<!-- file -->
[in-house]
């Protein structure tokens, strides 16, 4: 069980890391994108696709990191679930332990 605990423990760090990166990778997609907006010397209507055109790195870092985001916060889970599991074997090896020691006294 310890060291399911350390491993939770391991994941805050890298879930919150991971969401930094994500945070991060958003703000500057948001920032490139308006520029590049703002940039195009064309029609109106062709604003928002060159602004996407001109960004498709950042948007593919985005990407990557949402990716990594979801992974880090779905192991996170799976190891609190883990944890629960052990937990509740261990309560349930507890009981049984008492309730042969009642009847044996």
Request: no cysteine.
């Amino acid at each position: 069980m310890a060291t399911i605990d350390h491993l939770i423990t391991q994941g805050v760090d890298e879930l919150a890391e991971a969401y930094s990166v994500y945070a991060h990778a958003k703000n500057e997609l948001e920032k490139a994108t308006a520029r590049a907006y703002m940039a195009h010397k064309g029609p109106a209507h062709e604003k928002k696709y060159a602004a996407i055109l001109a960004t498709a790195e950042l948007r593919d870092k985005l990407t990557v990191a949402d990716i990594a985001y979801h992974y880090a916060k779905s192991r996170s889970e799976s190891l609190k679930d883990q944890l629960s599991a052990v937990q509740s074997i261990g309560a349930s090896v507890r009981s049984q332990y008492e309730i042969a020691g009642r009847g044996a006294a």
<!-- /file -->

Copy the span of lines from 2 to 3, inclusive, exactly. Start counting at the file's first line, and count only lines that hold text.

């Protein structure tokens, strides 16, 4: 069980890391994108696709990191679930332990 605990423990760090990166990778997609907006010397209507055109790195870092985001916060889970599991074997090896020691006294 310890060291399911350390491993939770391991994941805050890298879930919150991971969401930094994500945070991060958003703000500057948001920032490139308006520029590049703002940039195009064309029609109106062709604003928002060159602004996407001109960004498709950042948007593919985005990407990557949402990716990594979801992974880090779905192991996170799976190891609190883990944890629960052990937990509740261990309560349930507890009981049984008492309730042969009642009847044996």
Request: no cysteine.